Columbia City Council extended its development agreement with Hughes Development Corp. in the build out of the BullStreet District for another five years.
The agreement is renewed every five years and specifies commitments from both parties in the partnership.
“We had a collective vision for the largest undeveloped tract of urban land east of the Mississippi,” Columbia Mayor Steve Benjamin said in a release. “What we envisioned five years ago we now see with our eyes. For the first time in decades, the land has been reconnected to our citizens, and they have embraced it. I encourage everyone to stay tuned.”
The BullStreet District is a 20-year, 181-acre project to transform the S.C. State Hospital site into a mixed-use neighborhood. It is the state’s first urban gigabit community and features Spirit Communications Park, home of the Class A Columbia Fireflies baseball team, which was recently recognized as the top minor league park in the U.S.
“In many ways we are ahead of schedule,” said Robert Hughes, president of Hughes Development Corp. “We have met or exceeded all of our commitments to each other and will continue to do so, including buying more land from the Department of Mental Health than the timetable called for and saving nine historic structures so far, four more than anticipated in the original agreement.”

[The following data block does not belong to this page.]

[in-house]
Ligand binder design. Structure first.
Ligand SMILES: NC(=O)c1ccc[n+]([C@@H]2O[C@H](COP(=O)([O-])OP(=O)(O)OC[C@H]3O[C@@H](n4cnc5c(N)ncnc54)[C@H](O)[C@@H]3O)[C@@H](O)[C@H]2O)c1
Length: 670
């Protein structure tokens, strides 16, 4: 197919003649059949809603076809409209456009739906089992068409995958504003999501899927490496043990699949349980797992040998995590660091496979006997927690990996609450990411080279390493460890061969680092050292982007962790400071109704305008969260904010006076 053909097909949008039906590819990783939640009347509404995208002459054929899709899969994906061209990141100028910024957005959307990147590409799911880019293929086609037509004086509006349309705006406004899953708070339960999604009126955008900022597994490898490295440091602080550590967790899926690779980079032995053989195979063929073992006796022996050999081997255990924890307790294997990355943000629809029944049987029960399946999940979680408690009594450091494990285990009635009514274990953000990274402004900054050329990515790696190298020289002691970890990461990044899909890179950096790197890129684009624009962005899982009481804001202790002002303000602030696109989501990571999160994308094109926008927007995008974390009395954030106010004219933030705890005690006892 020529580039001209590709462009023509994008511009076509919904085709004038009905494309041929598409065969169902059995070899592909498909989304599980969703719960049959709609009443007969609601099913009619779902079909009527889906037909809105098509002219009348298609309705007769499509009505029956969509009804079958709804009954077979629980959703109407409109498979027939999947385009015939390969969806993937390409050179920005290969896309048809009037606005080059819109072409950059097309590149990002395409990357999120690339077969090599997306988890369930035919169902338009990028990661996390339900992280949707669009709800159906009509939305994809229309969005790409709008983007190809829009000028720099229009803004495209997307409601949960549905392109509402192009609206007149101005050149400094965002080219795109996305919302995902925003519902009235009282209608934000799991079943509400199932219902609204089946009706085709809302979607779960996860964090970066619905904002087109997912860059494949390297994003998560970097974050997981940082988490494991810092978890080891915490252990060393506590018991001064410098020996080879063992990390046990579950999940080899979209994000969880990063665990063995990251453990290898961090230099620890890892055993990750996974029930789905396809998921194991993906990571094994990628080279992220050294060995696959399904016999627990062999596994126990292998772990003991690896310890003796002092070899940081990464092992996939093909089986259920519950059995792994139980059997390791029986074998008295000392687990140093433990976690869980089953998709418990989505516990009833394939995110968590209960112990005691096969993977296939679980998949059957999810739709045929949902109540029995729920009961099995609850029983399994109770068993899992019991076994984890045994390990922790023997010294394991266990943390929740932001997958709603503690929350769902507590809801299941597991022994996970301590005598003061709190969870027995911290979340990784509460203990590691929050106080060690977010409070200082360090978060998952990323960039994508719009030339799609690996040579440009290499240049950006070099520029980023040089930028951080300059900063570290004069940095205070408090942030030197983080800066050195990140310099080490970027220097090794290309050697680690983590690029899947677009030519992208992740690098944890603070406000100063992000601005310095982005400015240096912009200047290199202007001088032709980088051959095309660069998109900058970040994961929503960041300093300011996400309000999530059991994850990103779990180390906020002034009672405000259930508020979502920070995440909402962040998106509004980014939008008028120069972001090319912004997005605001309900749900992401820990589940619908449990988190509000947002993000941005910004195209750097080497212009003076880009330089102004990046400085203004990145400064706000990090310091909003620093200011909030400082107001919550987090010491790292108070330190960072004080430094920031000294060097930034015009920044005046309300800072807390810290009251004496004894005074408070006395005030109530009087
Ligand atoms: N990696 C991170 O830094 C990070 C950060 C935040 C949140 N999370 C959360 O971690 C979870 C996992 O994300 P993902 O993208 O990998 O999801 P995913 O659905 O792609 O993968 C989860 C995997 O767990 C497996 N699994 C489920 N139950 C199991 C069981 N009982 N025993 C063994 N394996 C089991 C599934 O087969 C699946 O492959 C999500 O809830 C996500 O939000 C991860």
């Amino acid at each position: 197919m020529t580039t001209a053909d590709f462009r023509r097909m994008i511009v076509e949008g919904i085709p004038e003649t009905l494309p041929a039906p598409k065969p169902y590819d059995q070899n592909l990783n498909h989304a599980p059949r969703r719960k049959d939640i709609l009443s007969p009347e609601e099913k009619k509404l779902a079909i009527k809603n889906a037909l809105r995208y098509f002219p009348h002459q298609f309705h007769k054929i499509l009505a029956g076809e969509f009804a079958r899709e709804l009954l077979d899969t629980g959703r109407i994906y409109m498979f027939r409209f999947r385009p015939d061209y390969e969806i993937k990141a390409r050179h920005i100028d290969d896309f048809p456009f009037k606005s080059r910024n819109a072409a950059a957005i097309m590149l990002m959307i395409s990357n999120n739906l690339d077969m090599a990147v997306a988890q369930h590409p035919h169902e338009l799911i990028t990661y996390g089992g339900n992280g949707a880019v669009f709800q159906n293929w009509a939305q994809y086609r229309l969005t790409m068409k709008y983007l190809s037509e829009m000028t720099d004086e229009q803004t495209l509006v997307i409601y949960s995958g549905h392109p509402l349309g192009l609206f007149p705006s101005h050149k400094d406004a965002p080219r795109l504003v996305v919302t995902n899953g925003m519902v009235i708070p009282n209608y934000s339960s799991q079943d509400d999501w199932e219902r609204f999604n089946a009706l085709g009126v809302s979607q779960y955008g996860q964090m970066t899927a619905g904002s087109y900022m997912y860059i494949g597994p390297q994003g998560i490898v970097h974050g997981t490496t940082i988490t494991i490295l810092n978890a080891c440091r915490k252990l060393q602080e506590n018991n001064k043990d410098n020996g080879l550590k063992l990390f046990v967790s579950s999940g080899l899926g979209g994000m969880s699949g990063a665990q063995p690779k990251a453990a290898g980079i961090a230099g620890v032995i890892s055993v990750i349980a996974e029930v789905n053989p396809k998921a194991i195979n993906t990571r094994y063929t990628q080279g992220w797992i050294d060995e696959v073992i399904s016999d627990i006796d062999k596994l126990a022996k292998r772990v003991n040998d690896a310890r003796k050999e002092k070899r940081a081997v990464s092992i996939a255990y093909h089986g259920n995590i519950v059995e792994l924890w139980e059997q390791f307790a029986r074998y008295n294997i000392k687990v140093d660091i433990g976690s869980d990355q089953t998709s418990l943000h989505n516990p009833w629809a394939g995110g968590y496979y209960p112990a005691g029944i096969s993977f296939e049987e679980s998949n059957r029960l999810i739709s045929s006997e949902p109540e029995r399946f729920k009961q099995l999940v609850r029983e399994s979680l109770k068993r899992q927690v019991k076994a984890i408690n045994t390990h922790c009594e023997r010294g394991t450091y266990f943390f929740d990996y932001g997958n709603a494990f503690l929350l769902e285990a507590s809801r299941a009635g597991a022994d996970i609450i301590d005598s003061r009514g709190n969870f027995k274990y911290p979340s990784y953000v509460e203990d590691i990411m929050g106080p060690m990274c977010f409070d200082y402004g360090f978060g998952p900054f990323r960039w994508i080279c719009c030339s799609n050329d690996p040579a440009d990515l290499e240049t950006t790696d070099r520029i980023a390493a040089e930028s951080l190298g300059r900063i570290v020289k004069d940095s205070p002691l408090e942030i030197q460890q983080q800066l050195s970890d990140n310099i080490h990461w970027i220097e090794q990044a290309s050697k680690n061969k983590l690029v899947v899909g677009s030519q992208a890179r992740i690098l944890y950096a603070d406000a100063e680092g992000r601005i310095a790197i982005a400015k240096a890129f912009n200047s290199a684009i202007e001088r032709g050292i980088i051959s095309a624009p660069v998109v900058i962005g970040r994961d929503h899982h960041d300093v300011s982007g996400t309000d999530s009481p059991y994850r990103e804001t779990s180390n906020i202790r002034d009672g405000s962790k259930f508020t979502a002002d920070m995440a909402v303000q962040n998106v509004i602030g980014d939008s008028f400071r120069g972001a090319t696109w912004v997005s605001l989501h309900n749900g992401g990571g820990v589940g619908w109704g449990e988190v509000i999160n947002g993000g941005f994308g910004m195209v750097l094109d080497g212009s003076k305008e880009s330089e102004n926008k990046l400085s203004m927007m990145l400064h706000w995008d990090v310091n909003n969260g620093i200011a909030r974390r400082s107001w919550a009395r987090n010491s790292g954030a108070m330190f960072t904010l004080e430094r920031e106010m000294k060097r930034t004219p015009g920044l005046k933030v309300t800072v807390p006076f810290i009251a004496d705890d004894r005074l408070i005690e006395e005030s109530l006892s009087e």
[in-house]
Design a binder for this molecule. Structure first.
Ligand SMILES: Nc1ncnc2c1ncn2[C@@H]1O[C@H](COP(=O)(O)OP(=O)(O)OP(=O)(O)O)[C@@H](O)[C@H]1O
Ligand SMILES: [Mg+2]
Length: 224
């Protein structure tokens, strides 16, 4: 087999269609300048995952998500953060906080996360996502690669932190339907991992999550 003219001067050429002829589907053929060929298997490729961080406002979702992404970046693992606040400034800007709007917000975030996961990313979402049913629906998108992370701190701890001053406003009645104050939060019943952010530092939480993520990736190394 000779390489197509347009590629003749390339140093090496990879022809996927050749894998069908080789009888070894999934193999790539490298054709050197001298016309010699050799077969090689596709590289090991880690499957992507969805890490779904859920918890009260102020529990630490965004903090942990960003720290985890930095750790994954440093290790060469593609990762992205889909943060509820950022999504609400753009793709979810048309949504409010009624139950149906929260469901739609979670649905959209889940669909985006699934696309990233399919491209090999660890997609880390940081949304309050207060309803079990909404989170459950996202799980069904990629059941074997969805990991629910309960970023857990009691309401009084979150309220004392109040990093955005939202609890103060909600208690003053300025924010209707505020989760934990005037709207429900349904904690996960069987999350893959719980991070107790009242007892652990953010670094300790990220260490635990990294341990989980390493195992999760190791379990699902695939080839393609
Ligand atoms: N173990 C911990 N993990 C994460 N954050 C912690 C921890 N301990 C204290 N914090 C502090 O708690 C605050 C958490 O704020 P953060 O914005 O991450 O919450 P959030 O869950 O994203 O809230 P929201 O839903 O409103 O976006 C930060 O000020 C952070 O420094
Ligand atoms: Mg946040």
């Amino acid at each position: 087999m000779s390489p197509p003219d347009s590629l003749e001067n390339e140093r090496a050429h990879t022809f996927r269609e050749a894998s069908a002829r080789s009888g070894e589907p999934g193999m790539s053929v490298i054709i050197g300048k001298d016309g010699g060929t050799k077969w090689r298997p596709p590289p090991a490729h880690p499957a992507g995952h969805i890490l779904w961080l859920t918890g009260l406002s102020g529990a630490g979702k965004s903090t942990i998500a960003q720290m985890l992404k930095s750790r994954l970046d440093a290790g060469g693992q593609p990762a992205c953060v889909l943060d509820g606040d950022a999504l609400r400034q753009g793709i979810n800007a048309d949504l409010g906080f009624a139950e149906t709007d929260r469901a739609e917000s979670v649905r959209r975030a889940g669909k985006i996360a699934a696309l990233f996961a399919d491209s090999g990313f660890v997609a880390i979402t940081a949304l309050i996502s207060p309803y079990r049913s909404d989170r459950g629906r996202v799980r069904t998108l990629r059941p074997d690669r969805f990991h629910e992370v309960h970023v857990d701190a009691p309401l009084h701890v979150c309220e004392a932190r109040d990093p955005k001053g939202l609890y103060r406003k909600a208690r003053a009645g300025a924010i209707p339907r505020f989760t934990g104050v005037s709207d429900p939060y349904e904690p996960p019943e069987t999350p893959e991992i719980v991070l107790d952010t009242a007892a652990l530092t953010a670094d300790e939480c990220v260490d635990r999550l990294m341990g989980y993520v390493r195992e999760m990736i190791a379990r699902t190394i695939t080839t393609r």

Highlights from the last five years of BullStreet development include:
- The largest private office building built in Columba since 2009. The First Base Building currently is home to Capgemini, Ogletree Deakins law firm and Founders Federal Credit Union.
- Construction on 28 three-story townhomes at TownPark at BullStreet.
- Construction of a 20-acre park with a daylighted Smith Branch Creek, scheduled to be completed this summer.
- The site’s first restaurant, Bone-In Barbeque, scheduled to open in March.
- The installation of more than two miles of underground utilities and a mile of new roadways.
“The collaboration among our team, city council and staff, the BullStreet Commission and many others is making an exceedingly complex project work,” Hughes said. “We appreciate the city’s continued support and thank everyone in Columbia for trusting us with such a special and unique piece of the city.”